Jackie McLean of the indie band Roan Yellowthorn grants us an inside look at the making of an album from start to finish in her ‘Breaking The Record’ column.
“Smoke Gets in Your Eyes” – Roan Yellowthorn
As I write this, it’s June 16th. This piece will come out on June 18th. What will be different by then, I wonder. So much is happening.
From our communities reaching a collective tipping point and coming together to fight for racial equality to the pandemic that continues to take lives at an alarming rate (overwhelmingly Black lives in America), it feels like humanity hangs in the balance. What will happen next?
With all of this happening, not to mention the political climate, the imminent election, and all of the potential chaos and carnage associated with that, it feels self-indulgent to think about art.
But I’m still thinking about it. I’m wondering what’s going to happen with art. I’m wondering what’s going to happen with music.
Just jumping into the Breaking The Record series documenting the making of our album from start to finish? Read part 1
Touring seems like something that’s not going to be feasible or safe for a long time. I recently made a new album with John Agnello that was supposed to come out this summer and I’m pushing back the release until early 2021 in hopes that I’ll be able tour the following summer. But there’s no guarantee on that.
Many musicians are wondering what will happen next. We’re trying to figure out ways to adapt.
There’s an unspoken truth known among musicians. It’s one I wouldn’t have guessed or known if not for talking about it with many fellow performers about it. Do you want to know what it is? It’s that most musicians do not make money touring. In fact, many lose money touring.
That’s not to say that no musicians make money touring. Many do. And, for some, it’s a main source of income. But this is not the case for everyone. Once you’ve reached a certain threshold, you will make money. But that threshold is higher than you may think. Many people I’ve spoken to who I assumed made a good living touring actually lose money touring. This is the common experience. There are people selling out theaters and then there are the rest – a big group who are working musicians who do make a living but consistently lose money touring.
Does this mean that touring is ultimately unsustainable for many people?
It reminds me of a multi-level marketing strategy – as musicians we show our success to become successful, even when we may feel like we’re failing.
If touring is already unsustainable for many, does this mean that virtual concerts are the new frontier? Is there a platform that will allow for easy ticketing so that musicians can perform to crowds without any of the travel costs, mileage, wear and tear, physical work, or door deals that are a mainstay of the traditional route? Will this pandemic usher in a new reality?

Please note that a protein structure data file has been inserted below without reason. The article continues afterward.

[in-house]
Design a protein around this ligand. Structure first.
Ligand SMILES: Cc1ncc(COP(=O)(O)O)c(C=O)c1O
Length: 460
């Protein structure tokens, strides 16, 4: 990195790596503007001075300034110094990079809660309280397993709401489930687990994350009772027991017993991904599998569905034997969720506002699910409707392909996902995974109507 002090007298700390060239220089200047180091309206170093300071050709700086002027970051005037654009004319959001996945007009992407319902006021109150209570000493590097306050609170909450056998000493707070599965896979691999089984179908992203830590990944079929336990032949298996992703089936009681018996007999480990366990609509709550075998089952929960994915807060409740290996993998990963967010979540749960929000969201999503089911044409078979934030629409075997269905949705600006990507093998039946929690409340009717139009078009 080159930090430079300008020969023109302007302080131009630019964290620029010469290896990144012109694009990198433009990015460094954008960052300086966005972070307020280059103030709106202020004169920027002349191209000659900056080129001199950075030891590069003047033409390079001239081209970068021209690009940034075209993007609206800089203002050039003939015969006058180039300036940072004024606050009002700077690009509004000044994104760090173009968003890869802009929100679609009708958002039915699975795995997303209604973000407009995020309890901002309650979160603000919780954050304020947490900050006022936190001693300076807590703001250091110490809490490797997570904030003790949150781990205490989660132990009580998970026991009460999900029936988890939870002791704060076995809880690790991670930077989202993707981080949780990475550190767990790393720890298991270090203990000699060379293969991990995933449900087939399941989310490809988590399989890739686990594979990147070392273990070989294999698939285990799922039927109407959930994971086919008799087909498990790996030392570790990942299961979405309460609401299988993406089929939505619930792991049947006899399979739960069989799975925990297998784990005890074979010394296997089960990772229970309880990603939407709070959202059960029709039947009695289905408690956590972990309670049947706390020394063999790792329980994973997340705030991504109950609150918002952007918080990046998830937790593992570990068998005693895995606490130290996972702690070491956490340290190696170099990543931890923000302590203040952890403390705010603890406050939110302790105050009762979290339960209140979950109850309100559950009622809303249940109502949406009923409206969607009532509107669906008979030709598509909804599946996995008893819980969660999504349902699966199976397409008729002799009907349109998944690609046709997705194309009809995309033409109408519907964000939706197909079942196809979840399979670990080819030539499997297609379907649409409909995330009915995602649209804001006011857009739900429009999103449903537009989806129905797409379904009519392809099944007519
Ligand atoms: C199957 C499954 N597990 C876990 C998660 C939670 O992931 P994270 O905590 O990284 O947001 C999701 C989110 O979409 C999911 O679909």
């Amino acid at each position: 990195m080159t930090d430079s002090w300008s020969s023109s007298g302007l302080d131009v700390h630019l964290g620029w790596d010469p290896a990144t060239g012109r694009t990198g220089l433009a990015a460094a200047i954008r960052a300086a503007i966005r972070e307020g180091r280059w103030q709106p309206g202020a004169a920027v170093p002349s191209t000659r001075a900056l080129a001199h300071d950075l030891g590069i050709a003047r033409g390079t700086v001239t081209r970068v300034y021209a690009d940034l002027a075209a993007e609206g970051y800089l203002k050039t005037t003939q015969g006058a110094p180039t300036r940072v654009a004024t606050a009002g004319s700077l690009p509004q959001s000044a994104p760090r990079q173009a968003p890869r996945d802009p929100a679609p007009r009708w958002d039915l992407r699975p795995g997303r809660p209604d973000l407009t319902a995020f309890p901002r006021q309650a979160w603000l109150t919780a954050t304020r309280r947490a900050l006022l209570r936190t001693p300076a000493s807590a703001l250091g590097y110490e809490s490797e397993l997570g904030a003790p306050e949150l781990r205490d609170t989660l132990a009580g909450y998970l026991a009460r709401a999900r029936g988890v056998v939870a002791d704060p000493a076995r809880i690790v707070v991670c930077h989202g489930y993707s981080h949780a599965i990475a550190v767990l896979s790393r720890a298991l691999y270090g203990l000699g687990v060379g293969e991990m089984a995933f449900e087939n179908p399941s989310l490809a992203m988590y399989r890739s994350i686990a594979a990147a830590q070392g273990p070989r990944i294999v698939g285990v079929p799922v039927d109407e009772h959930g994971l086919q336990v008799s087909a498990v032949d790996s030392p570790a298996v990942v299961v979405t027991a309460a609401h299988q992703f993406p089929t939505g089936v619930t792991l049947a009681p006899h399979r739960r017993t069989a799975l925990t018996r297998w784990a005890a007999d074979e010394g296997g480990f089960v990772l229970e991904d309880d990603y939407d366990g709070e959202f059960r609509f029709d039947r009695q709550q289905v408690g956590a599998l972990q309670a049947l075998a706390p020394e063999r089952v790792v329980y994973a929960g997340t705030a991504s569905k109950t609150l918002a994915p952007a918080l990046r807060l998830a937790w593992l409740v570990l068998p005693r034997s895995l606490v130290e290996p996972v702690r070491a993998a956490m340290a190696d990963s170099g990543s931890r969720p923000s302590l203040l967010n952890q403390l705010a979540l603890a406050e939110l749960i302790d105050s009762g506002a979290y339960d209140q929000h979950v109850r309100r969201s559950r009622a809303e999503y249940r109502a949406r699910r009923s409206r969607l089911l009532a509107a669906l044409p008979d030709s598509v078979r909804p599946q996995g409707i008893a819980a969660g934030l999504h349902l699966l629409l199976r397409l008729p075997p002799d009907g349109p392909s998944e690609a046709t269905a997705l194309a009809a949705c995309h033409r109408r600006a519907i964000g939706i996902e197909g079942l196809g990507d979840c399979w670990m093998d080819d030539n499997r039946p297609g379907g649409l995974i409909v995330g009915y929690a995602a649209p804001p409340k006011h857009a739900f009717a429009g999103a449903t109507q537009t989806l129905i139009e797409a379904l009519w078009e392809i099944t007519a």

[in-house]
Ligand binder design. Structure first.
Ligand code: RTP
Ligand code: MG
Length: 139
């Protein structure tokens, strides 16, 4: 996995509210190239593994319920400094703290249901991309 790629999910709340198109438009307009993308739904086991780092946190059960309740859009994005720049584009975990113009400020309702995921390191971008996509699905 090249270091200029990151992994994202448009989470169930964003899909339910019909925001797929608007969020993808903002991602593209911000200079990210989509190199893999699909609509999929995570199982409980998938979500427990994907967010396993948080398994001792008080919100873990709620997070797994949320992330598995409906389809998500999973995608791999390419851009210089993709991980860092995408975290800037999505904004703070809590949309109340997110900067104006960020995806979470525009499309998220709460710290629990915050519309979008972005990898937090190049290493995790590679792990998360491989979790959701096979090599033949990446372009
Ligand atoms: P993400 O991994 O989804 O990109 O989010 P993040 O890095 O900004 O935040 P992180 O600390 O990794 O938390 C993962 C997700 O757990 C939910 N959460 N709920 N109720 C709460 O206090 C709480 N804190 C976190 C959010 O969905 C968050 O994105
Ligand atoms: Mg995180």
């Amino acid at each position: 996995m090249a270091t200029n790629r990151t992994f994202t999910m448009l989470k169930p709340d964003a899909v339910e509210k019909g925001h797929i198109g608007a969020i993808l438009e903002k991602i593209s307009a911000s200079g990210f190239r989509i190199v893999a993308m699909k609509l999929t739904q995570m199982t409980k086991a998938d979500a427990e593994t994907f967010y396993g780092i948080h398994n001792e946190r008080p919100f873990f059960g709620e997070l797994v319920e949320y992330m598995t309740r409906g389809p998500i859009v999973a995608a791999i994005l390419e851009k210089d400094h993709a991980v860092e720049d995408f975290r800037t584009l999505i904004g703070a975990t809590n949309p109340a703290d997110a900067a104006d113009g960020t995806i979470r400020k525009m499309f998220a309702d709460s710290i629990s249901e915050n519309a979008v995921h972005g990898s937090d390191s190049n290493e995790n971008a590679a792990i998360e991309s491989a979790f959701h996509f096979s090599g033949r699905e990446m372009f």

I don’t know. But it seems possible. The truth is that musicians have to get back to work. We are an adaptable crew – constantly changing and transforming to roll with the punches. If this is the way to get back to sharing our music, we’ll do it.
Of course, it would be a change. It would be a loss in some ways. The most cathartic part of playing live music is the connection fostered between people. I grew up in an environment where I seldom felt seen or heard. For me, being in front of a group of people, speaking my deepest truths in song, and knowing that I am being seen, that I am being heard, this is the most profoundly healing interaction imaginable. I would miss this terribly. I would miss hugging people after a show. Seeing faces. Reading emotions. Feeling the vibe of the room. Feeling the heat of bodies. Making connections. Making connections is the best part about making music.
But there are things I wouldn’t miss. I wouldn’t miss driving for hours to get to a show with no audience. I wouldn’t miss messing up a note and feeling a wave of shame course through my body. I wouldn’t miss paying for a hotel, playing for an hour and getting paid thirty dollars. But I would miss that post-show high. I would miss being greeted after the show by a stranger, hearing them tell me that my words made a difference to them, and feeling like the show was a success, money or not, because of that connection. I would miss feeling like the show was a success because of the free feeling in my body. Because of the confidence gained from being afraid and continuing on. Because I was able to speak the truth and be the truest form of myself and be heard and seen and paid in dollars on top of it all.
And when you get paid to do that, any amount feels like a fortune. Even thirty dollars.
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? © Jackie McLean
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